Tips to keep employees engaged on the job

posted in: HR Advice | 2

Everyone wants to be driven, motivated, to like their job and to come to work. Sounds easy enough, right?

The problem is when employees are asked to do more but aren’t recognized for their work, and begin to feel burned out. As a business owner, it’s your job to make sure this doesn’t happen, so you have the most loyal and committed team possible.

“Employee engagement” refers to how absorbed and committed employees are to their work and how positive their attitude is about your company and their job. This is important because it results in more productive employees who have fewer sick days and less turnover, all of which saves the company money. It can mean the difference between having a team that will put forth the extra effort to get the work done, or one that prevents the company from meeting client demands and expectations.

Here are some ideas to help you keep your team happy and prevent burnout:

• Lead by example. LinkedIn, the business networking website, recommends bosses stay on task and focused toward completing projects and helping the company grow and prosper. Act confident and energetic in the office, and your attitude will wear off onto those around you.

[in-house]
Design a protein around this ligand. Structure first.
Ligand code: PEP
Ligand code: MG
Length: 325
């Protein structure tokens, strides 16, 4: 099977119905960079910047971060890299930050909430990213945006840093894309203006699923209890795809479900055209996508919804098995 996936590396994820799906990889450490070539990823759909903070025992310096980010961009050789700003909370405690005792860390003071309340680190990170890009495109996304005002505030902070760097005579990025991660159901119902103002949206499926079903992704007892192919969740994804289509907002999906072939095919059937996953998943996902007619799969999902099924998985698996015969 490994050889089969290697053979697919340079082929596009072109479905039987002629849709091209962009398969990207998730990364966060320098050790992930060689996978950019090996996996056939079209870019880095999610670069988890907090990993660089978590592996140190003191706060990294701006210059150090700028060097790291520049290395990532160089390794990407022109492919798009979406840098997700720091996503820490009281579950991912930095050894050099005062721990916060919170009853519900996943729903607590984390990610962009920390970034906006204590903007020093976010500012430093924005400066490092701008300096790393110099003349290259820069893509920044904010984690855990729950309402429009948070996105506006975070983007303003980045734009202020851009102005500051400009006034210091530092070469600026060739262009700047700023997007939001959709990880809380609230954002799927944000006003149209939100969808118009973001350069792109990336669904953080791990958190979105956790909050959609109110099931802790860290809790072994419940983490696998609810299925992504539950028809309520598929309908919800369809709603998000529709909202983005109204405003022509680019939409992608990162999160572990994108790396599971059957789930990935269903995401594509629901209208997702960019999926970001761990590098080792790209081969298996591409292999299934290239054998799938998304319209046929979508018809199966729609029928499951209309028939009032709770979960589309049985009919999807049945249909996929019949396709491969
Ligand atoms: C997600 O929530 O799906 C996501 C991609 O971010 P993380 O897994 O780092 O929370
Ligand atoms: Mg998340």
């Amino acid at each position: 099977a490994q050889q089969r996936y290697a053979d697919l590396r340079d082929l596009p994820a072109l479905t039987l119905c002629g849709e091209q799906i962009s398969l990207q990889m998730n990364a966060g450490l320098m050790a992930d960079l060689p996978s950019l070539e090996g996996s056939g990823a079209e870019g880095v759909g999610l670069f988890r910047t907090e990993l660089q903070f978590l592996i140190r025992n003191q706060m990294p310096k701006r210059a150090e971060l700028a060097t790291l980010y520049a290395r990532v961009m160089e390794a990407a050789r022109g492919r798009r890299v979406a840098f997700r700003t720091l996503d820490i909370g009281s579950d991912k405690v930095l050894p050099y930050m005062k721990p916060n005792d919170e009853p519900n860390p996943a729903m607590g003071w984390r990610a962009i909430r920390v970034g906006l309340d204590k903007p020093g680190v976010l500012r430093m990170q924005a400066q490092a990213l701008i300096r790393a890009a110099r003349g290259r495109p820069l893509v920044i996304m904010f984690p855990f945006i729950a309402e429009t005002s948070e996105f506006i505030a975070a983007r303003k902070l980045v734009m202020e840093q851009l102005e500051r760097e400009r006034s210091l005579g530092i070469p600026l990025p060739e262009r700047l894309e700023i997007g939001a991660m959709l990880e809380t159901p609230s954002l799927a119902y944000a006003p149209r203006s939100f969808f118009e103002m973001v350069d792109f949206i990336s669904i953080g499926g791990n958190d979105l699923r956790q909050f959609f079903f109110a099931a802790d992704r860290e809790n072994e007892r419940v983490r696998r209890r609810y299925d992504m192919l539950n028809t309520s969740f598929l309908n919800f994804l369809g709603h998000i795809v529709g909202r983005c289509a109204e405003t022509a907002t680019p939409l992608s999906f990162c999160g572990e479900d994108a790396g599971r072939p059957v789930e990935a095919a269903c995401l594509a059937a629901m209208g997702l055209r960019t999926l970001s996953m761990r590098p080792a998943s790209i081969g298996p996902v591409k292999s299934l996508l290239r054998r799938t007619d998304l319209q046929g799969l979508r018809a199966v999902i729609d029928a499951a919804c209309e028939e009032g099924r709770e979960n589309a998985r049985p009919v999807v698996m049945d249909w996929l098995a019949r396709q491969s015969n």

• Ensure there is open dialogue. One of the easiest ways to build trust and loyalty is to ensure employees feel as though their voice is being heard and that you care about their ideas. Encourage regular feedback from the employee and provide your own feedback. Once employees know they have available channels of communication, they’re more likely to feel they have a purpose.

• Give employees more training and opportunities to advance their careers. Make sure your employees have the training they need to do their jobs as efficiently and effectively as possible.

• Be clear about what you want. No one is a mind reader, and employees are no different. Clarify your expectations of their job and each position within your company.

• Assign work that interests the employee and keeps him or her challenged. Keep in mind an employee’s strengths and weaknesses when undergoing a project.

• Reward employees when they do well rather than punishing, according to the Wall Street Journal. This will encourage employees to do better rather than working on the defensive for fear or reprimand.

• Find unique ways to recognize a job well done. Business owners can’t realistically offer raises anytime someone does a good job, but they can equip their offices with extras such as places to relax and play games, provide snacks, beverages or catered lunches, or sponsor fun contests with small prizes. ♦

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